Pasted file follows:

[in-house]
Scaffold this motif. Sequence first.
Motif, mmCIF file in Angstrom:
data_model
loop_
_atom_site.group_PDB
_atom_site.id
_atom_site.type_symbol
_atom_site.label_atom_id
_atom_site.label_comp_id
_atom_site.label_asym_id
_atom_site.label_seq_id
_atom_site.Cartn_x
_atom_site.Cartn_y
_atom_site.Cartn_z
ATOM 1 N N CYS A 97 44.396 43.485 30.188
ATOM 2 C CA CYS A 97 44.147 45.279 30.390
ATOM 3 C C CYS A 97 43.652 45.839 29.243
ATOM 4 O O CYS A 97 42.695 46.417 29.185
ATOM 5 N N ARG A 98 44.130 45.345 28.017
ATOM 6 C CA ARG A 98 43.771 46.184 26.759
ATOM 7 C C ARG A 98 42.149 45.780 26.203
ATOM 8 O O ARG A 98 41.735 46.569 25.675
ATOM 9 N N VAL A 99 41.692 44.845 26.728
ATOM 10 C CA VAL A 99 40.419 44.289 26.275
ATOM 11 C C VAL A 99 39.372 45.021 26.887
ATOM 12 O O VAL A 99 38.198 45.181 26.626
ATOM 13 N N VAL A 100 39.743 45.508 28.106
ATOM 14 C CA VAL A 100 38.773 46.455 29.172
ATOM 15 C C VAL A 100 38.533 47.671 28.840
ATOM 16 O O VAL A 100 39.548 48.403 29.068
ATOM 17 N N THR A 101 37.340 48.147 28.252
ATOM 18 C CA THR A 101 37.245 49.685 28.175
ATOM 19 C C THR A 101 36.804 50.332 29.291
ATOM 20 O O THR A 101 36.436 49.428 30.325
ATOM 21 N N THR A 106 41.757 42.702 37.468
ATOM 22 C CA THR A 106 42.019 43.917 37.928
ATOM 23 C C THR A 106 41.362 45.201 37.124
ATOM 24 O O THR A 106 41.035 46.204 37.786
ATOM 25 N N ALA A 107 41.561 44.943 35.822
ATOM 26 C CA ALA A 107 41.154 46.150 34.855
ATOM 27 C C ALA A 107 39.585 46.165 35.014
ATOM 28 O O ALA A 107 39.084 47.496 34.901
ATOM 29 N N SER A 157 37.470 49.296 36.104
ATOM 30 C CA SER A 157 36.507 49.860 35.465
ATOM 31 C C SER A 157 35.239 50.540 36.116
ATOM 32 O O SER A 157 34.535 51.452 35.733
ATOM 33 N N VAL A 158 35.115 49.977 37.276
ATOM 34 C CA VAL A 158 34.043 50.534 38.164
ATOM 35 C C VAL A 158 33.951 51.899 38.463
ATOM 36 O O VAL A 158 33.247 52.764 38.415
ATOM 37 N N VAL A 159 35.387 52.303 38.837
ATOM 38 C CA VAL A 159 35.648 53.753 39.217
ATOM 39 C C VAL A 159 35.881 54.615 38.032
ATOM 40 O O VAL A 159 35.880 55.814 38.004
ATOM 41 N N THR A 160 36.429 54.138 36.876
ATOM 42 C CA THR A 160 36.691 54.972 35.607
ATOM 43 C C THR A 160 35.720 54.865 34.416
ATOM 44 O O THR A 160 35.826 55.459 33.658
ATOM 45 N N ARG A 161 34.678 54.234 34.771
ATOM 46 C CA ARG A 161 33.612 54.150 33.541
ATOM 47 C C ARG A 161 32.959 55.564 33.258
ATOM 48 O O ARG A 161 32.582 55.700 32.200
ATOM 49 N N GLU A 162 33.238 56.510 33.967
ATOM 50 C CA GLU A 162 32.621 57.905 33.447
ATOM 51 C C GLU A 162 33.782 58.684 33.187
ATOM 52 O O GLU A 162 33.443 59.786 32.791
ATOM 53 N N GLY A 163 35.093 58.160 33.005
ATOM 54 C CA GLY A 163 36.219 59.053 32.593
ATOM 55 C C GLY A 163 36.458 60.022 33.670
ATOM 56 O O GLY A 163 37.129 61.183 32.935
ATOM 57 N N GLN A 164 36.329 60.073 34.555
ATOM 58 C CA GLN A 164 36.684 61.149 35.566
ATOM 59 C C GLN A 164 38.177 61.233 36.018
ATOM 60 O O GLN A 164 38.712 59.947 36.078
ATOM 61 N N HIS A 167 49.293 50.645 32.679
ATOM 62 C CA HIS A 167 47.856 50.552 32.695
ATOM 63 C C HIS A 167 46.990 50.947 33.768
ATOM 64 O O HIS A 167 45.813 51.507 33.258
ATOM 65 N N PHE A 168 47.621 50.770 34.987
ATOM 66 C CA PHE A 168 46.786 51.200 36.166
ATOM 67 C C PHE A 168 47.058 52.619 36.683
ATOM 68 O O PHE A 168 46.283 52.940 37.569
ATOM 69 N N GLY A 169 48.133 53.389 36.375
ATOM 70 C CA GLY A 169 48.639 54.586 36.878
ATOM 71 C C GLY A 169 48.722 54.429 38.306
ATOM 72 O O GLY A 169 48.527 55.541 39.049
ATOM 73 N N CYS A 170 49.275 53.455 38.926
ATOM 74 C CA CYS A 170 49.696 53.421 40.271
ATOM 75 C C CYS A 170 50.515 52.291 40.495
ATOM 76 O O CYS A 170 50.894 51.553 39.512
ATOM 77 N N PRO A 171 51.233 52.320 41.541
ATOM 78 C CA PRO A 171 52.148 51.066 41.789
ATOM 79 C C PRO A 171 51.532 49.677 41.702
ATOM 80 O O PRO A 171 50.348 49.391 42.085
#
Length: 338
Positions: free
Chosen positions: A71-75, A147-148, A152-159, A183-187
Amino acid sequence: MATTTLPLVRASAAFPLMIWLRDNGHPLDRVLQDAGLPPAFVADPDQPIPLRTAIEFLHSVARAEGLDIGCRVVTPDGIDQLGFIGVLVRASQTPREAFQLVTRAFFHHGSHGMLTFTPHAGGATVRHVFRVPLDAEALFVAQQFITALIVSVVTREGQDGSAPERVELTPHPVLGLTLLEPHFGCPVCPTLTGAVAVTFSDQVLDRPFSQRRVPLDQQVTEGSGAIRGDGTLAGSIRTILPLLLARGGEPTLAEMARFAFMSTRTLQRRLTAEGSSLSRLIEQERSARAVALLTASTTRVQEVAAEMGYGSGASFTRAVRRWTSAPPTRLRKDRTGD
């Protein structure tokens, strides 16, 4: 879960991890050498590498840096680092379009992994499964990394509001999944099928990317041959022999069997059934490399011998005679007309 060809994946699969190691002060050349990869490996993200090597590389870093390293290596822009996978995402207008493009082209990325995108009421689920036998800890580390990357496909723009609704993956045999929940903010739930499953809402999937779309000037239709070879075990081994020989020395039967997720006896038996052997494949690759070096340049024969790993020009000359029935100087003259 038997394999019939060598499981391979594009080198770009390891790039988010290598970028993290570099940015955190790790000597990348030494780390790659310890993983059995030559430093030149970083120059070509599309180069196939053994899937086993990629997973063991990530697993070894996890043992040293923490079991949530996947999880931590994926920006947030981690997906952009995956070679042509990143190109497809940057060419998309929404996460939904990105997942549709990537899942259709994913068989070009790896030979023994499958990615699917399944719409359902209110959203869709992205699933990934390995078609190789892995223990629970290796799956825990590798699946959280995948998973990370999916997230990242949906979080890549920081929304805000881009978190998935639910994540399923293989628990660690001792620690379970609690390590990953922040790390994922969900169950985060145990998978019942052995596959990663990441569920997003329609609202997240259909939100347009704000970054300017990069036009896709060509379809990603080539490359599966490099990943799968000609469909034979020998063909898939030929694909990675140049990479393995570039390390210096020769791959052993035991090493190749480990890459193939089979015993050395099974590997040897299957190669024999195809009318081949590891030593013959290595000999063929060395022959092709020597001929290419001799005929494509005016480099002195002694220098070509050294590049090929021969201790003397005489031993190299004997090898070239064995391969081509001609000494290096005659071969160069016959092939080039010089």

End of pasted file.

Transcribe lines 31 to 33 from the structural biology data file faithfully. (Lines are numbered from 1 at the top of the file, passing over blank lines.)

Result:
ATOM 16 O O VAL A 100 39.548 48.403 29.068
ATOM 17 N N THR A 101 37.340 48.147 28.252
ATOM 18 C CA THR A 101 37.245 49.685 28.175